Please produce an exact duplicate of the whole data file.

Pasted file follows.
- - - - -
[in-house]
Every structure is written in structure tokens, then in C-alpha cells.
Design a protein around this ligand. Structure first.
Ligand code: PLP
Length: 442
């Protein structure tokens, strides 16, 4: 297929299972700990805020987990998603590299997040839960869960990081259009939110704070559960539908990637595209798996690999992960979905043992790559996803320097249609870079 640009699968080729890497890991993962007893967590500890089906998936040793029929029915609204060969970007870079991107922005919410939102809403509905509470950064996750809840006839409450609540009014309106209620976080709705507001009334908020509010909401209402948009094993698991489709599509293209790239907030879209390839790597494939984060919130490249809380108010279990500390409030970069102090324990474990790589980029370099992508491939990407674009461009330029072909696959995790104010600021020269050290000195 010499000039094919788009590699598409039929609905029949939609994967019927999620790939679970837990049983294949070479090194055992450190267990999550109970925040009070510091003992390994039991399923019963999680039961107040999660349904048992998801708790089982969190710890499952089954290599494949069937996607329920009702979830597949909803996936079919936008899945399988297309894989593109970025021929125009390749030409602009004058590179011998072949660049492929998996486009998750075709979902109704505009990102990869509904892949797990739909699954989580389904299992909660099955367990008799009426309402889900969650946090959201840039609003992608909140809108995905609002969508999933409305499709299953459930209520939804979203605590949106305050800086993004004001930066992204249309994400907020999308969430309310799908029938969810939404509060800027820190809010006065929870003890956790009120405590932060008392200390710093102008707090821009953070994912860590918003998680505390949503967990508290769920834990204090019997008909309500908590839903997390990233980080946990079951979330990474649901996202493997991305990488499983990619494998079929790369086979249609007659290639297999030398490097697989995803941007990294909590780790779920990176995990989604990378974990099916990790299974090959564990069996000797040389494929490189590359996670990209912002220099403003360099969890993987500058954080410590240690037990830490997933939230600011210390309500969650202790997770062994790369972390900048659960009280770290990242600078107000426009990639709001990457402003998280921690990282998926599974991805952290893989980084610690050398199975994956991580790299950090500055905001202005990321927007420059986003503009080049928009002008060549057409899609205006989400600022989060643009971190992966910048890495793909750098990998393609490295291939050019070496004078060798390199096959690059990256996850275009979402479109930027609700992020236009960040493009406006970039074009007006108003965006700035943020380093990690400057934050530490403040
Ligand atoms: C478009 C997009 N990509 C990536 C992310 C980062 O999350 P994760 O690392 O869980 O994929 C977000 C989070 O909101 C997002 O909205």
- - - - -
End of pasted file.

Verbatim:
[in-house]
Every structure is written in structure tokens, then in C-alpha cells.
Design a protein around this ligand. Structure first.
Ligand code: PLP
Length: 442
């Protein structure tokens, strides 16, 4: 297929299972700990805020987990998603590299997040839960869960990081259009939110704070559960539908990637595209798996690999992960979905043992790559996803320097249609870079 640009699968080729890497890991993962007893967590500890089906998936040793029929029915609204060969970007870079991107922005919410939102809403509905509470950064996750809840006839409450609540009014309106209620976080709705507001009334908020509010909401209402948009094993698991489709599509293209790239907030879209390839790597494939984060919130490249809380108010279990500390409030970069102090324990474990790589980029370099992508491939990407674009461009330029072909696959995790104010600021020269050290000195 010499000039094919788009590699598409039929609905029949939609994967019927999620790939679970837990049983294949070479090194055992450190267990999550109970925040009070510091003992390994039991399923019963999680039961107040999660349904048992998801708790089982969190710890499952089954290599494949069937996607329920009702979830597949909803996936079919936008899945399988297309894989593109970025021929125009390749030409602009004058590179011998072949660049492929998996486009998750075709979902109704505009990102990869509904892949797990739909699954989580389904299992909660099955367990008799009426309402889900969650946090959201840039609003992608909140809108995905609002969508999933409305499709299953459930209520939804979203605590949106305050800086993004004001930066992204249309994400907020999308969430309310799908029938969810939404509060800027820190809010006065929870003890956790009120405590932060008392200390710093102008707090821009953070994912860590918003998680505390949503967990508290769920834990204090019997008909309500908590839903997390990233980080946990079951979330990474649901996202493997991305990488499983990619494998079929790369086979249609007659290639297999030398490097697989995803941007990294909590780790779920990176995990989604990378974990099916990790299974090959564990069996000797040389494929490189590359996670990209912002220099403003360099969890993987500058954080410590240690037990830490997933939230600011210390309500969650202790997770062994790369972390900048659960009280770290990242600078107000426009990639709001990457402003998280921690990282998926599974991805952290893989980084610690050398199975994956991580790299950090500055905001202005990321927007420059986003503009080049928009002008060549057409899609205006989400600022989060643009971190992966910048890495793909750098990998393609490295291939050019070496004078060798390199096959690059990256996850275009979402479109930027609700992020236009960040493009406006970039074009007006108003965006700035943020380093990690400057934050530490403040
Ligand atoms: C478009 C997009 N990509 C990536 C992310 C980062 O999350 P994760 O690392 O869980 O994929 C977000 C989070 O909101 C997002 O909205």